I make no apology for stealing the heading of this piece from the final line of a blog by the National Gamete Donation Trust’s CEO Laura Witjens. Titled ‘Dear future mother using internet sperm‘ the text takes the form of an open letter to any woman considering using a sperm donor she has met on the internet to help create her family. Acknowledging the financial cost and annoying medicalisation of the clinic route, Witjens makes a cogent case for putting the interests of their longed-for future child first by NOT choosing a guy that they have encountered on the internet and particularly not one of the several prolific donors offering their services. http://www.laurawitjens.com/3431-2/
But women contemplating an internet donor are not the only ones whose parenting job needs to start before conception takes place. It is true for anyone using donor conception. It may not seem fair that those of us put in this position by infertility, sexuality or single status should have to think about the consequences of our conception choices before we have a baby in our arms, but it is true that we are the only people who must do this because what we choose to do will have an impact on our children for the rest of their lives. Choose to go to Europe and you choose to close a door to your child having much information about and being able to contact their donor. Choose to import sperm from the US and you could make contact with loads of half-sibs and possibly the donor through the Donor Sibling Registry. Choose a prolific internet donor and you risk your child being sexually attracted to a half sibling as well as having to explain the potentially disturbing fact that they have hundreds of half-sibs ‘out there’; let alone the potential for legal claims and consequences depending on your partnership status.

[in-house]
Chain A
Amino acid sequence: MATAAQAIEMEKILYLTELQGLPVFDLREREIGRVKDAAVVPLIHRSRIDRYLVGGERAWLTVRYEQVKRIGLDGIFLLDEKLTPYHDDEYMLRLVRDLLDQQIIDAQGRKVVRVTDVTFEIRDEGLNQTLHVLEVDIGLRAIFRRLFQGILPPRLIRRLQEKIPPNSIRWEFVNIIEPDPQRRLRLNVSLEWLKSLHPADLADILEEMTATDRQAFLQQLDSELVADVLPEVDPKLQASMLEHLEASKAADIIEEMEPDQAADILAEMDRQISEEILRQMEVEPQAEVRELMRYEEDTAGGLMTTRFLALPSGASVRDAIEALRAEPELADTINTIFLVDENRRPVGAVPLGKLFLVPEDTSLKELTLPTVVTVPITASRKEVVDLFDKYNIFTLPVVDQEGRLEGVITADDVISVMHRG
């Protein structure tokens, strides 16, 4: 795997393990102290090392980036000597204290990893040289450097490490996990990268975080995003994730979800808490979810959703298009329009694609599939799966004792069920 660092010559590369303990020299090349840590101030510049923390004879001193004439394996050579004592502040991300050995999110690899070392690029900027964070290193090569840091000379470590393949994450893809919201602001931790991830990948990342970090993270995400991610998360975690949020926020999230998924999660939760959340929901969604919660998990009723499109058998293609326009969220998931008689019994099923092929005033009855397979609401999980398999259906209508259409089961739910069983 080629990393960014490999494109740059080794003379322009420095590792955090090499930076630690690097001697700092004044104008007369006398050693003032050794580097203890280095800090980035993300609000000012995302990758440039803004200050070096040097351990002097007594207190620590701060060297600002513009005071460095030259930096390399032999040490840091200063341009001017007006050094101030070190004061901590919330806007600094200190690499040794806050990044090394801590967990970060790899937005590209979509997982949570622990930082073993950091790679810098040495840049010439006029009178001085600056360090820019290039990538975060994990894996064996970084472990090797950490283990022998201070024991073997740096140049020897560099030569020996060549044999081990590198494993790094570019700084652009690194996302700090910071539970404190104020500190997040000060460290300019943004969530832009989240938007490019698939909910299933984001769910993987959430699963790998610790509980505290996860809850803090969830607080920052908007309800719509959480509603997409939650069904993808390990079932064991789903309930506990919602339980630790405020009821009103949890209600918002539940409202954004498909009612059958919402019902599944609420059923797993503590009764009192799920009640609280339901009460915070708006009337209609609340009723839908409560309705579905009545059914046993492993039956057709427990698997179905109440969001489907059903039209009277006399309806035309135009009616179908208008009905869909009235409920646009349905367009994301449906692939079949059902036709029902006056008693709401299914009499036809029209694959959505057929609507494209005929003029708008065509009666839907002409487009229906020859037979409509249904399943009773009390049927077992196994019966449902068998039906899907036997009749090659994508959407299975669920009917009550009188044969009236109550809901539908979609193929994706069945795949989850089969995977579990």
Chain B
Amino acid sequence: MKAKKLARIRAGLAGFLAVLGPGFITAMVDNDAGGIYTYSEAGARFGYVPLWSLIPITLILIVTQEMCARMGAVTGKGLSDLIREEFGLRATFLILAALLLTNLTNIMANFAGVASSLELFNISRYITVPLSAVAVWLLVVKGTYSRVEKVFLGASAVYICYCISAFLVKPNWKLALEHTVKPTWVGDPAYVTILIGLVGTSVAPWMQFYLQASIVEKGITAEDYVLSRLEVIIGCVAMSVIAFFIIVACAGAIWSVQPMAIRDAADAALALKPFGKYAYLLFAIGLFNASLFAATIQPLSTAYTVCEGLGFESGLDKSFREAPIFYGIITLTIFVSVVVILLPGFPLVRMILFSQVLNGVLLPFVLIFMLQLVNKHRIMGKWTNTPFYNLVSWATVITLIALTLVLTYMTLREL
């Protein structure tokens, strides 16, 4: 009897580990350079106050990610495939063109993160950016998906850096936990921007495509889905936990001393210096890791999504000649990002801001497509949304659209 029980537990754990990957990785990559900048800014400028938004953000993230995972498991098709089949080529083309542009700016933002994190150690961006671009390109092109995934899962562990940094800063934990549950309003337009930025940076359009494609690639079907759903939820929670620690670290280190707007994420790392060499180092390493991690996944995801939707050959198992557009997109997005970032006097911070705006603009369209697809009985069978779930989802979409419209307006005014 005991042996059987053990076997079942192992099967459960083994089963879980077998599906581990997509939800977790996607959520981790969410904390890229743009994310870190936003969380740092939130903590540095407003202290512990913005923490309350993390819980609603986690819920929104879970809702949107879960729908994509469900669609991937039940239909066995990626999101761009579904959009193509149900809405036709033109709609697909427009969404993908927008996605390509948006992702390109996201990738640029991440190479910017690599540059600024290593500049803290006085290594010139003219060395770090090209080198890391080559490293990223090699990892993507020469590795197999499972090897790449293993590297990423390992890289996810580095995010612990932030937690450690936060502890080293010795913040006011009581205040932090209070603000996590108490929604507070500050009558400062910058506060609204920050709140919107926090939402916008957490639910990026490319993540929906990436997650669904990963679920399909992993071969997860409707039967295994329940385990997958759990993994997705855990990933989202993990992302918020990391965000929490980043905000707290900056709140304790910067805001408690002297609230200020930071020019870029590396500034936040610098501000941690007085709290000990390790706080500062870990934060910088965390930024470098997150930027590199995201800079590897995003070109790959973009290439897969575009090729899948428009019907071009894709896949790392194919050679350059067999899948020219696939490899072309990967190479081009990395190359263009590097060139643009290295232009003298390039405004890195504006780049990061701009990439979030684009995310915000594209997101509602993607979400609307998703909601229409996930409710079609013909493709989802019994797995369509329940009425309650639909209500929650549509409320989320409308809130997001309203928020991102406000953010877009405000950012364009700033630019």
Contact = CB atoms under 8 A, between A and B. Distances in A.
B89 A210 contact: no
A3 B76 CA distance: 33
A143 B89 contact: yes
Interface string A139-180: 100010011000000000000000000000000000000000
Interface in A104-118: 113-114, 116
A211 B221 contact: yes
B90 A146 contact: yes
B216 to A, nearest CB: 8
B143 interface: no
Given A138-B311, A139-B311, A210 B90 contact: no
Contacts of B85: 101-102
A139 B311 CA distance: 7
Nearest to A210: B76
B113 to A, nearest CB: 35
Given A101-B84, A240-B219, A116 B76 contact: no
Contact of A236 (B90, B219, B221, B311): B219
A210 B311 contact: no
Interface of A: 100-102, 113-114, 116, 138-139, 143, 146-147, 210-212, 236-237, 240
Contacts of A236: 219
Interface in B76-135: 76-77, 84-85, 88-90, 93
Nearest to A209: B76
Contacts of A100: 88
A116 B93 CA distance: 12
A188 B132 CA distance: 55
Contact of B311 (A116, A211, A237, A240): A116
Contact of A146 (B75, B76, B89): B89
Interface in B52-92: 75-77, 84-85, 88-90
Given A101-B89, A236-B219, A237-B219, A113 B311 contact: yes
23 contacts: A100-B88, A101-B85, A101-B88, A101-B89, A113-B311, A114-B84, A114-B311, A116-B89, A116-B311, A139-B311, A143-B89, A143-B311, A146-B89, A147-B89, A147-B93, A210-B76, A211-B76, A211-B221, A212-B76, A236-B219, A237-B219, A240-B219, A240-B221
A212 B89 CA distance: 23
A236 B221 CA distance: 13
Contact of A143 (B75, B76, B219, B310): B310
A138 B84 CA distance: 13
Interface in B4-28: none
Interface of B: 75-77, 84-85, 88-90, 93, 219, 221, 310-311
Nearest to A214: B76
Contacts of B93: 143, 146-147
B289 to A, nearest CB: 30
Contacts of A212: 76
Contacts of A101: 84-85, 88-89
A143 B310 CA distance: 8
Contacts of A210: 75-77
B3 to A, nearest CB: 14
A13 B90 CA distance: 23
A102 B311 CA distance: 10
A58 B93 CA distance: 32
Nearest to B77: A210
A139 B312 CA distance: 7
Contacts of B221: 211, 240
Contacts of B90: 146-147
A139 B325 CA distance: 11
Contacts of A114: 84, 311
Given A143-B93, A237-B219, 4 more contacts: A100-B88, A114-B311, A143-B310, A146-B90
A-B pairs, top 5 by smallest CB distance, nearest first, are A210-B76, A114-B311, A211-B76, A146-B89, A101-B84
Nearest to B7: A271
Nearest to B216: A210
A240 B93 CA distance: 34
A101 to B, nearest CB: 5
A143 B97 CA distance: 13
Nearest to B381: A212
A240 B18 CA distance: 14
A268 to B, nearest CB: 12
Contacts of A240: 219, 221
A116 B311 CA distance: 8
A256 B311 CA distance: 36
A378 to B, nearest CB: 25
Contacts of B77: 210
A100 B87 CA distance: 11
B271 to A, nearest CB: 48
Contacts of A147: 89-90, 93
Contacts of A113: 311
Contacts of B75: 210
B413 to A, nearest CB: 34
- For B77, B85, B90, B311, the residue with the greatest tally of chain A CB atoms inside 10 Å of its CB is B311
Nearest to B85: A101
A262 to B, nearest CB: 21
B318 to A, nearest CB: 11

This week I spoke to a woman who regretted rushing into egg donation in Spain. She knows now that she really didn’t understand the differences between treatment in the UK and abroad. She and her husband are being open with their child and their close family but it is becoming difficult for the girl, now age 9, because school friends are commenting on how different she looks to the rest of her family, including her sister who was conceived without donor help. This physical difference was a shock to her parents who had requested a blue eyed, fair skinned donor. This loving and supportive family will always be there for their daughter, listening to her feelings and helping her integrate the fact of her ‘difference’ into her life, but her mother is aware that if she had made a different choice her daughter, (who would not be the same person as the one she loves so much), would probably not have to manage these difficult feelings.
Parenting by donor conception demands that we begin our job before we have our baby.